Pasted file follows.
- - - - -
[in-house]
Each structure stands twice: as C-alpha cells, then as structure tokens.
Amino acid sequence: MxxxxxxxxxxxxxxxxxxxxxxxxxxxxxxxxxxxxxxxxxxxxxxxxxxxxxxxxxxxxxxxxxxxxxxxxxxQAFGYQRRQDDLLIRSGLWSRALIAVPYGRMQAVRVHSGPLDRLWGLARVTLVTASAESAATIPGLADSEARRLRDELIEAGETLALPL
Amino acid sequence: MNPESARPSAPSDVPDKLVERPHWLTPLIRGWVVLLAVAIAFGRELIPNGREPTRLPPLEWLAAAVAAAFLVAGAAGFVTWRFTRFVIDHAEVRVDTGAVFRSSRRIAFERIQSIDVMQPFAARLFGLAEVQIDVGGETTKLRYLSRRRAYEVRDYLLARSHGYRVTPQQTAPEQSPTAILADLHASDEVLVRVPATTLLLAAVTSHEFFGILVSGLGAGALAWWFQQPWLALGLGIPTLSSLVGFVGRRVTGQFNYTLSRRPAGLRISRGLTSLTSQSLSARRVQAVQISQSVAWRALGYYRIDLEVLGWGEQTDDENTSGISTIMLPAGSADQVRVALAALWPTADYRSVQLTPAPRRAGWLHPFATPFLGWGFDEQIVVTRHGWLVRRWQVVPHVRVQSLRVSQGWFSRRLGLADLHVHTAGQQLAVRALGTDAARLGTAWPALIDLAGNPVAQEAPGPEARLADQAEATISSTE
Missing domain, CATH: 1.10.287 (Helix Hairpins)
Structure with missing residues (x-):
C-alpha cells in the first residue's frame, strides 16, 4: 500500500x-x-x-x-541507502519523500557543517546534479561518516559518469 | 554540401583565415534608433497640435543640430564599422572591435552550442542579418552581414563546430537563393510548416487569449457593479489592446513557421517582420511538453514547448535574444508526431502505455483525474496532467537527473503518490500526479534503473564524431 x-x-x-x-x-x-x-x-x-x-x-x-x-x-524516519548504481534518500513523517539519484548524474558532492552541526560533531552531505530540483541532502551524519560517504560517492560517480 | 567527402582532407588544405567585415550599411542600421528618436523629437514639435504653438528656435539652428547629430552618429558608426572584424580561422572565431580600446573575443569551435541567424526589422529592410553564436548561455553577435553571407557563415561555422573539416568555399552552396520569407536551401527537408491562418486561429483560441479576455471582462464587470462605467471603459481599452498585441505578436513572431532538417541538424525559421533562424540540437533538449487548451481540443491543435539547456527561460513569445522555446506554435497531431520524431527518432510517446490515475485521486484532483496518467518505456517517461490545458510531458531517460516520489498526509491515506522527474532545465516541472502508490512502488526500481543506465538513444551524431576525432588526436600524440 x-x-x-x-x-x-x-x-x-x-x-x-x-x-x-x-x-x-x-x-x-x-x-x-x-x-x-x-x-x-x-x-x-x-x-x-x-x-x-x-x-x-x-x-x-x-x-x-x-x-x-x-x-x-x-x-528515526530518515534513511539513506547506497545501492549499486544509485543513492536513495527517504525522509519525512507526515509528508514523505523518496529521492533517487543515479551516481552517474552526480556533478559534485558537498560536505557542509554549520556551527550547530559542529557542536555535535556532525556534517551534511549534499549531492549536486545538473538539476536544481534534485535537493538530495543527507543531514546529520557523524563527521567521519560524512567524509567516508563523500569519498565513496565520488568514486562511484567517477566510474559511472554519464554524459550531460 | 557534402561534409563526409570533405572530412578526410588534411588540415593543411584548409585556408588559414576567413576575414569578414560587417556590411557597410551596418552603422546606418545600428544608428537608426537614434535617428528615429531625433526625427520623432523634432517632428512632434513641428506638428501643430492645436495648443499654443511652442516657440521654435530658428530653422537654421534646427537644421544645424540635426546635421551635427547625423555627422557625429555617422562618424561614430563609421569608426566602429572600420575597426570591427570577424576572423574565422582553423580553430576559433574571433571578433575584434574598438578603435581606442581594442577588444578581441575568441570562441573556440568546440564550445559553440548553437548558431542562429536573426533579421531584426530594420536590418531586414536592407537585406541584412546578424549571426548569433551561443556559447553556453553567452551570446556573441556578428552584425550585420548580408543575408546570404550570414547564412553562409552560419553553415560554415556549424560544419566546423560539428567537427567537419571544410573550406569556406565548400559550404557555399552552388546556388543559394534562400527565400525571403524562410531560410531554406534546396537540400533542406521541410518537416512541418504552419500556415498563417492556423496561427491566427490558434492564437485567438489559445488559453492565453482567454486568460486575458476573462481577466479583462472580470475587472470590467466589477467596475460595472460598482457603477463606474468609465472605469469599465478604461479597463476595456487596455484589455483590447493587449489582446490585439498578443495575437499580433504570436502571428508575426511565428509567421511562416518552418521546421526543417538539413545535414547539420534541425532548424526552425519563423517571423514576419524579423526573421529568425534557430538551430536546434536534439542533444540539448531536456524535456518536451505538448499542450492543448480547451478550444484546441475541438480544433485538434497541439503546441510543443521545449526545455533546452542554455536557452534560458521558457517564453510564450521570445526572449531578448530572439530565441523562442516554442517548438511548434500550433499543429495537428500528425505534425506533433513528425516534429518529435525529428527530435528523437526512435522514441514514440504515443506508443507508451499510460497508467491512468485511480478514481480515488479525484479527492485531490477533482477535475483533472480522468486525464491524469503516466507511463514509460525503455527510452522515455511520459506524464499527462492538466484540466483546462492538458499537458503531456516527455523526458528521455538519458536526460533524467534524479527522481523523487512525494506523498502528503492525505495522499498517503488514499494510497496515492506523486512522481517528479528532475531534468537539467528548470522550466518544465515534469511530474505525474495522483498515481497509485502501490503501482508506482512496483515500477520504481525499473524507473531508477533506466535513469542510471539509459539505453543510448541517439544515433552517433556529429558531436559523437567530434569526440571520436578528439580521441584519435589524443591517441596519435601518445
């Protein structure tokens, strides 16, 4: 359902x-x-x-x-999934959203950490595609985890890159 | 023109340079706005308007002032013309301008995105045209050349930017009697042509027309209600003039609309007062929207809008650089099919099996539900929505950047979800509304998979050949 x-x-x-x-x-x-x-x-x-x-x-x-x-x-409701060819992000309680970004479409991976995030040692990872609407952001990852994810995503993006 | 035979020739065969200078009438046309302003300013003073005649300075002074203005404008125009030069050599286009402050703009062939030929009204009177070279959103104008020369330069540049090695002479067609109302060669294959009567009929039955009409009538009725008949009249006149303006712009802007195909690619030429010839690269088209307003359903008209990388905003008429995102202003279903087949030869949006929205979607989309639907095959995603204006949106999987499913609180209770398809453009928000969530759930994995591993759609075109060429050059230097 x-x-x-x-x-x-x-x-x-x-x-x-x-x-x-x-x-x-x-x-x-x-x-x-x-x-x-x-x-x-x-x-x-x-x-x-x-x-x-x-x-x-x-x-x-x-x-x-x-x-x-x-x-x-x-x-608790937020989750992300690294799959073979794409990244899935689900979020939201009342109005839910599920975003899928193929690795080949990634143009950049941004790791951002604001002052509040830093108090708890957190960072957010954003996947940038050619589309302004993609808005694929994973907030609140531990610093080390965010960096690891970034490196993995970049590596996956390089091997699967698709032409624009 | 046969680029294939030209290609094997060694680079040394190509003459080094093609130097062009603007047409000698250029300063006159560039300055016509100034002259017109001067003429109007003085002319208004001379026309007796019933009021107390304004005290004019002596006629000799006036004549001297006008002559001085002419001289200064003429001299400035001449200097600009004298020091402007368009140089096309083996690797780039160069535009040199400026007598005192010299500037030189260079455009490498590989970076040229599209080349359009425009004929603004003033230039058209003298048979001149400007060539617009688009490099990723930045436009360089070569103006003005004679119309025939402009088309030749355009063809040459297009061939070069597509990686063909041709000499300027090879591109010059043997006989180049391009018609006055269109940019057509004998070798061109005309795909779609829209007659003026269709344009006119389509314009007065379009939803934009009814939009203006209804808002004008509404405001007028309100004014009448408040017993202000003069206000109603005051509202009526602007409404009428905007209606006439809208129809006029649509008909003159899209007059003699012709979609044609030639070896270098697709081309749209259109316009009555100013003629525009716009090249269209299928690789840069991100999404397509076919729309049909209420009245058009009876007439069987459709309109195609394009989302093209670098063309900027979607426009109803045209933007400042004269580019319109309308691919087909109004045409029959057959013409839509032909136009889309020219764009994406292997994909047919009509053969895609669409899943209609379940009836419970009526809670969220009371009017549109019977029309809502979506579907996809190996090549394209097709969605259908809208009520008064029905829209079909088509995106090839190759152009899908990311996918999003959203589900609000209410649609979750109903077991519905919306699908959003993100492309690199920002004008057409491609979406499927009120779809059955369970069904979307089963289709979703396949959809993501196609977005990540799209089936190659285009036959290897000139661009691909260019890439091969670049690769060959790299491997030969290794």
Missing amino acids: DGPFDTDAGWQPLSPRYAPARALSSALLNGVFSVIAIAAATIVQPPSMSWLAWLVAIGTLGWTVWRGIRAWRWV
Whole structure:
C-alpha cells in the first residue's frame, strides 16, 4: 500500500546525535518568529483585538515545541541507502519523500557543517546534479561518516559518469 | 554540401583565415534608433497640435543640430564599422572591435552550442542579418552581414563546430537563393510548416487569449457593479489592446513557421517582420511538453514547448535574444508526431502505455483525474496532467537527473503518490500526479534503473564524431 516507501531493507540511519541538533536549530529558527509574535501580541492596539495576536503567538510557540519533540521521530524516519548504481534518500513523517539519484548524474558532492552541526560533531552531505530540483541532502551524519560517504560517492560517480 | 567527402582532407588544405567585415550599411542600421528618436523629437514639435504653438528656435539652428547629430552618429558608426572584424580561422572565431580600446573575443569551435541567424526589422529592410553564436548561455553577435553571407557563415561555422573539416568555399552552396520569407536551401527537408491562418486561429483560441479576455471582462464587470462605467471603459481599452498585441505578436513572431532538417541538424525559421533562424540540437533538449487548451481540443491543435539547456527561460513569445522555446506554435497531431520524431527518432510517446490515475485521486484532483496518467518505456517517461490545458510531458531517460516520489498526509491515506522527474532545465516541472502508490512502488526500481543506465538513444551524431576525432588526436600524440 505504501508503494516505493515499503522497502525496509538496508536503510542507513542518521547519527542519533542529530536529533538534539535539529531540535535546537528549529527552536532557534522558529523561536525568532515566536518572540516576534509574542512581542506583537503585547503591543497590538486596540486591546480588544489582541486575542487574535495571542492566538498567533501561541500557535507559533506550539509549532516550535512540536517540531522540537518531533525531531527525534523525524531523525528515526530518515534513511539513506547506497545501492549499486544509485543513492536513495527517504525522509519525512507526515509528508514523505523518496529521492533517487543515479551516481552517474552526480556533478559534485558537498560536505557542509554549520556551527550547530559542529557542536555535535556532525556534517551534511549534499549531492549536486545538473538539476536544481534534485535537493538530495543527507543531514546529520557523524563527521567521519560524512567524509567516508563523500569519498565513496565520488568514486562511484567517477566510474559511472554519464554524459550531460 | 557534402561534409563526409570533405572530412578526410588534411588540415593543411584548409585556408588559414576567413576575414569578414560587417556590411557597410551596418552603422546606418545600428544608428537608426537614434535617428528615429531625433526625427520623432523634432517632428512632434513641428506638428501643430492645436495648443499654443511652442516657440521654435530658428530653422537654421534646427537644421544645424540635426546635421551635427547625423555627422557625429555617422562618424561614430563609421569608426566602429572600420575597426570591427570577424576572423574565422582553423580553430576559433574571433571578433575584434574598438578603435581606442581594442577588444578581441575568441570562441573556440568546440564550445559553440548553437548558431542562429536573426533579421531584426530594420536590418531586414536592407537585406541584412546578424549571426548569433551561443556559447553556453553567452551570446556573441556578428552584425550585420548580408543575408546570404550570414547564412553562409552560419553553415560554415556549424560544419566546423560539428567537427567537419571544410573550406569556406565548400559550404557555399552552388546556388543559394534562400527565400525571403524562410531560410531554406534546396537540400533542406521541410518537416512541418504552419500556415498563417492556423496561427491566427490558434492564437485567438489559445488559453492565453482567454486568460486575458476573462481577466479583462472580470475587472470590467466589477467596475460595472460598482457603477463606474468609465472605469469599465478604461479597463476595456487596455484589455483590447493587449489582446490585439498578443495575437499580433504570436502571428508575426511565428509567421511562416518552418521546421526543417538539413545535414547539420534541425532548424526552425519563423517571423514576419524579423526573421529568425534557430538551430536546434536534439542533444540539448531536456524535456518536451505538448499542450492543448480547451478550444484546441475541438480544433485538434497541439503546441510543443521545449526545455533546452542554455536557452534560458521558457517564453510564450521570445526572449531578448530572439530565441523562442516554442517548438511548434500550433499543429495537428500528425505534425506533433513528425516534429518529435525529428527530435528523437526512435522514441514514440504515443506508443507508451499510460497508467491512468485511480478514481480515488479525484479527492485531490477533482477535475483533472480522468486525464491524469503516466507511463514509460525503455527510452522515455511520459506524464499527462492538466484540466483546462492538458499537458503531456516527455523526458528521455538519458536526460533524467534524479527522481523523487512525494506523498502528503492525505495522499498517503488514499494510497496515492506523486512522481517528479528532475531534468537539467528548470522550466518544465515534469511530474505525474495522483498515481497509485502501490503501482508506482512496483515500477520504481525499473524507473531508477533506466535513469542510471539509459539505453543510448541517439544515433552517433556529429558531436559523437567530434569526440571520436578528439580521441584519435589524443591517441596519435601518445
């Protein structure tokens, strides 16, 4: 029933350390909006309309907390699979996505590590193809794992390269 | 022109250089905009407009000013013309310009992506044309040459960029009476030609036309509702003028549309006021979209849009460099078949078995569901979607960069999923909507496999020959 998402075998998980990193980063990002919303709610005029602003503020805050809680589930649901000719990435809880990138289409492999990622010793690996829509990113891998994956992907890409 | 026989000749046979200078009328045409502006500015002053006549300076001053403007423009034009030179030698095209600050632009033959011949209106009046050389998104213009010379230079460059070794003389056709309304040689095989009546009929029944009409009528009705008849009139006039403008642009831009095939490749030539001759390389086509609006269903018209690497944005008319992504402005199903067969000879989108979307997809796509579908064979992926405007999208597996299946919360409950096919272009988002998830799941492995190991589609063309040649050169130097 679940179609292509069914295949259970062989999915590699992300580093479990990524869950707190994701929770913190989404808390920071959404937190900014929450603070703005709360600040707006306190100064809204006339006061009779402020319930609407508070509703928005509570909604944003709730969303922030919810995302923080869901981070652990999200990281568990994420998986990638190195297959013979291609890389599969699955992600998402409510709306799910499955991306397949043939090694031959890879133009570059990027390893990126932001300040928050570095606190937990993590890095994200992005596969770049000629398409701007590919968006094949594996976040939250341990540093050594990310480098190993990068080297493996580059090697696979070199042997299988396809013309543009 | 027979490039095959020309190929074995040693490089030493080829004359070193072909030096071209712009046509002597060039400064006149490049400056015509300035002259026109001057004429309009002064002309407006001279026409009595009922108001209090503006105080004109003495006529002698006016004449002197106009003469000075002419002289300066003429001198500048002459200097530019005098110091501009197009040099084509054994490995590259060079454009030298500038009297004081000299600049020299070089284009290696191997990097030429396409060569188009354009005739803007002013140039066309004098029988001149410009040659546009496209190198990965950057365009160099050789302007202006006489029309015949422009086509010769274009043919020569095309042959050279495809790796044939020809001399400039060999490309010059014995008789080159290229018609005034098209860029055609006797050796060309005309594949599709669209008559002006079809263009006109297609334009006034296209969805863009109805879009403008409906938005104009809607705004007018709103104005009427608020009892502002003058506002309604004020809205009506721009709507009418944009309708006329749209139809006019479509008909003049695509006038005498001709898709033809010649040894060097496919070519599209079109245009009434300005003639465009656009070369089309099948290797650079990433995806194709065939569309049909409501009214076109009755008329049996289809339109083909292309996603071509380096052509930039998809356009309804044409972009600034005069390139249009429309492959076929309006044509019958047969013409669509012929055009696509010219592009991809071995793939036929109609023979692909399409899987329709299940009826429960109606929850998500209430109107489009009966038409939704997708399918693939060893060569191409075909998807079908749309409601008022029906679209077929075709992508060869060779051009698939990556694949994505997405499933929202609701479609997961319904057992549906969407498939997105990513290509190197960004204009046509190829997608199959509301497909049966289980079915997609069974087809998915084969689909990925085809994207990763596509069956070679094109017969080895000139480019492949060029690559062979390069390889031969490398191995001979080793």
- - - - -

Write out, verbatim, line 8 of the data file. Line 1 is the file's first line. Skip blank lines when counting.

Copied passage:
């Protein structure tokens, strides 16, 4: 359902x-x-x-x-999934959203950490595609985890890159 | 023109340079706005308007002032013309301008995105045209050349930017009697042509027309209600003039609309007062929207809008650089099919099996539900929505950047979800509304998979050949 x-x-x-x-x-x-x-x-x-x-x-x-x-x-409701060819992000309680970004479409991976995030040692990872609407952001990852994810995503993006 | 035979020739065969200078009438046309302003300013003073005649300075002074203005404008125009030069050599286009402050703009062939030929009204009177070279959103104008020369330069540049090695002479067609109302060669294959009567009929039955009409009538009725008949009249006149303006712009802007195909690619030429010839690269088209307003359903008209990388905003008429995102202003279903087949030869949006929205979607989309639907095959995603204006949106999987499913609180209770398809453009928000969530759930994995591993759609075109060429050059230097 x-x-x-x-x-x-x-x-x-x-x-x-x-x-x-x-x-x-x-x-x-x-x-x-x-x-x-x-x-x-x-x-x-x-x-x-x-x-x-x-x-x-x-x-x-x-x-x-x-x-x-x-x-x-x-x-608790937020989750992300690294799959073979794409990244899935689900979020939201009342109005839910599920975003899928193929690795080949990634143009950049941004790791951002604001002052509040830093108090708890957190960072957010954003996947940038050619589309302004993609808005694929994973907030609140531990610093080390965010960096690891970034490196993995970049590596996956390089091997699967698709032409624009 | 046969680029294939030209290609094997060694680079040394190509003459080094093609130097062009603007047409000698250029300063006159560039300055016509100034002259017109001067003429109007003085002319208004001379026309007796019933009021107390304004005290004019002596006629000799006036004549001297006008002559001085002419001289200064003429001299400035001449200097600009004298020091402007368009140089096309083996690797780039160069535009040199400026007598005192010299500037030189260079455009490498590989970076040229599209080349359009425009004929603004003033230039058209003298048979001149400007060539617009688009490099990723930045436009360089070569103006003005004679119309025939402009088309030749355009063809040459297009061939070069597509990686063909041709000499300027090879591109010059043997006989180049391009018609006055269109940019057509004998070798061109005309795909779609829209007659003026269709344009006119389509314009007065379009939803934009009814939009203006209804808002004008509404405001007028309100004014009448408040017993202000003069206000109603005051509202009526602007409404009428905007209606006439809208129809006029649509008909003159899209007059003699012709979609044609030639070896270098697709081309749209259109316009009555100013003629525009716009090249269209299928690789840069991100999404397509076919729309049909209420009245058009009876007439069987459709309109195609394009989302093209670098063309900027979607426009109803045209933007400042004269580019319109309308691919087909109004045409029959057959013409839509032909136009889309020219764009994406292997994909047919009509053969895609669409899943209609379940009836419970009526809670969220009371009017549109019977029309809502979506579907996809190996090549394209097709969605259908809208009520008064029905829209079909088509995106090839190759152009899908990311996918999003959203589900609000209410649609979750109903077991519905919306699908959003993100492309690199920002004008057409491609979406499927009120779809059955369970069904979307089963289709979703396949959809993501196609977005990540799209089936190659285009036959290897000139661009691909260019890439091969670049690769060959790299491997030969290794």